Good NBA players who eventually face restricted free agency can sometimes find the experience to be a bit frustrating.
They're so close to freedom—getting to handpick which team is best for them to flourish on—yet so far, with their current team having the opportunity to match any other contract offer placed on the table.
This offseason, the pool of NBA restricted free agents isn't very tantalizing, but here are five players, ranked by overall skill, who have their immediate futures still up in the air. All five could be more than happy to end up on a different team next season.
Gary Neal should have no beefs with the San Antonio Spurs. They gave him an opportunity to take open shots in the NBA, and he has taken advantage of it, with a few coming at the most opportune times.
However, if Neal stays in San Antonio, he'll stay buried beneath the likes of Danny Green, Kawhi Leonard, Manu Ginobili (who just signed a two-year contract) and new addition Marco Belinelli. Neal has only been in the league three years, but he's already 28 years old.
This summer, months after exhibiting some fine three-point shooting in an epic NBA Finals, could be his last opportunity for Neal to cash in. He'll be 29 years old by the time next season starts and if he wants to make more money while averaging more than 20 minutes a night, he'll have to leave a beneficial situation behind him in San Antonio.
Among all of this summer's NBA free agents, it's safe to say that nobody wants to leave his current situation more than Gerald Henderson.
Four years with the Charlotte Bobcats will do that to you. Henderson has played 234 games in his career and won in just 77 of them.
A burgeoning connoisseur of the mid-range game, the 25-year-old Henderson shot 43.7 percent between 16 feet out and the three-point line last season, according to Basketball-Reference.com. He has improved every season, has a decent post game, a trusty jumper and enough size on defense to hang with shooting guards and (extra) small forwards.
Henderson could contribute on a contender if given the opportunity, and if he enjoys the feeling that accompanies winning games, his days in Charlotte could be numbered.
A shoot-first point guard whose outside reputation and inherent confidence rest a few steps beyond his actual skill level, Brandon Jennings and the Milwaukee Bucks have always felt like an awkward pair.
As a player who feels the need to stand out and go against the grain, Jennings is on record with his desire to leave Milwaukee, in search of a larger market to better suit his showy yet inefficient playing style.
Last season, he averaged 17.5 points and 6.5 assists, which are perfectly fine numbers for a franchise point guard to put up, but he shot less than 40 percent from the floor for the third time in four seasons.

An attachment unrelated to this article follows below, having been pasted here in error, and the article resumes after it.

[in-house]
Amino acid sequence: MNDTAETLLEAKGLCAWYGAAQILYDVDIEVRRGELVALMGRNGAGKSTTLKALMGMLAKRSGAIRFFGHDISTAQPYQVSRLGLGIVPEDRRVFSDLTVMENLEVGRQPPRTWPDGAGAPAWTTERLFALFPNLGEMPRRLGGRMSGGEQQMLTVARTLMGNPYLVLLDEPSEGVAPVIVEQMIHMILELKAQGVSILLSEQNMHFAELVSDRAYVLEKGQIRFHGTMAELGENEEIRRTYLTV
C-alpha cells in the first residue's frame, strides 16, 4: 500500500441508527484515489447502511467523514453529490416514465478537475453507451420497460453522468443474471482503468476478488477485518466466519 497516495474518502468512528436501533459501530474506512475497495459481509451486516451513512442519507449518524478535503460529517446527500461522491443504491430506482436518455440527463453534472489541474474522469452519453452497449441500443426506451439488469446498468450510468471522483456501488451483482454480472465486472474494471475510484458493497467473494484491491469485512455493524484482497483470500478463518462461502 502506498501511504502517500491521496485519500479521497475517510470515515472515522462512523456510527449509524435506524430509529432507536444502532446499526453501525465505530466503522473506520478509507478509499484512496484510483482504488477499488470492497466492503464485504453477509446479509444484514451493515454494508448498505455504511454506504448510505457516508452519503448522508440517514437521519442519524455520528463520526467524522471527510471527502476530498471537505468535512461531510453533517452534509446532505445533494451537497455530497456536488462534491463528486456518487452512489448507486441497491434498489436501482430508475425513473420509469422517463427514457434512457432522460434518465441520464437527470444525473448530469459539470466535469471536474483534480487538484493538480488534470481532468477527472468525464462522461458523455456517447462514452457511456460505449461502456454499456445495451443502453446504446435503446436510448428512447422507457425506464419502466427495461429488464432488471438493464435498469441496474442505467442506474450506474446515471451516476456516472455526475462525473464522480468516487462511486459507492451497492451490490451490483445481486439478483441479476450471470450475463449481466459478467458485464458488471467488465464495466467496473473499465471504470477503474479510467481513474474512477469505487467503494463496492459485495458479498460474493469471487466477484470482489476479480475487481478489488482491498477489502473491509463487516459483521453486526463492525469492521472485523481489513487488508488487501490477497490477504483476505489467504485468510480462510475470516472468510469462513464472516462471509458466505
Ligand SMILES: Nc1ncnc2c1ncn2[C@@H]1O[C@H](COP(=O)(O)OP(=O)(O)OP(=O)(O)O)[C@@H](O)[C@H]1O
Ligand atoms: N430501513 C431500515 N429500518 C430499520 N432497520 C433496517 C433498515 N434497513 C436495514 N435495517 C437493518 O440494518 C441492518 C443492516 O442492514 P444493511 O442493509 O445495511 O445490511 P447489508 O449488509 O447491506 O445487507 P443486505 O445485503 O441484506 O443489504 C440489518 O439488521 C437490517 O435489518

At 23 years old, Jennings has yet to show he can be a lead ball-handler on a competitive team. It'll be interesting to see if any team that needs a point guard—there aren't many—believes he can someday develop into what he already thinks he is.
According to a report at Hoopsworld, The Atlanta Hawks are weary of compensating Jeff Teague like the franchise point guard some believe he can one day be, and that's large enough of a reason for him to want out.
And "out" is exactly what could happen, with news leaking (via CBS Sports.com) that the Milwaukee Bucks are higher on Teague's abilities than the Hawks. Even if they don't take back Brandon Jennings in a sign-and-trade, Atlanta appears ready to move on, drafting German point guard Dennis Schroeder and putting itself in the hunt for free-agent guard Monta Ellis.
Teague is a fine player, but he's two years older than Jrue Holiday. He is not as good as Holiday either, but Teague wants about the same money. He'd be smart to look elsewhere for it.
It would appear Nikola Pekovic could be on the doorstep of a successful four- to five-year run with the Minnesota Timberwolves. And though it's been rumored that a return is near, that has recently been stalled. Pek might be (wisely?) checking his other options.
Grouped with prodigious point guard Ricky Rubio and perennial All-Star/franchise cornerstone Kevin Love, Pekovic has two perfect pieces around him to heighten his skills and stats.
Then again, it's Minnesota, a franchise with as bleak a history as any. That was proven true by the Timberwolves' solid tradition of letting good situations turn sour for no rational reason.
The fact that Love can opt out of his contract in 2015, is another one. It's probable that he will do just that, leaving Pekovic in no man's land without the league's best rebounder by his side.
Basketball-Reference.com projects Pekovic to average 18.1 points, 9.7 rebounds and 5.6 free-throw attempts per 36 minutes next season while shooting 52.5 percent from the floor. If he does that, no matter what team he's playing for, he'll be an All-Star.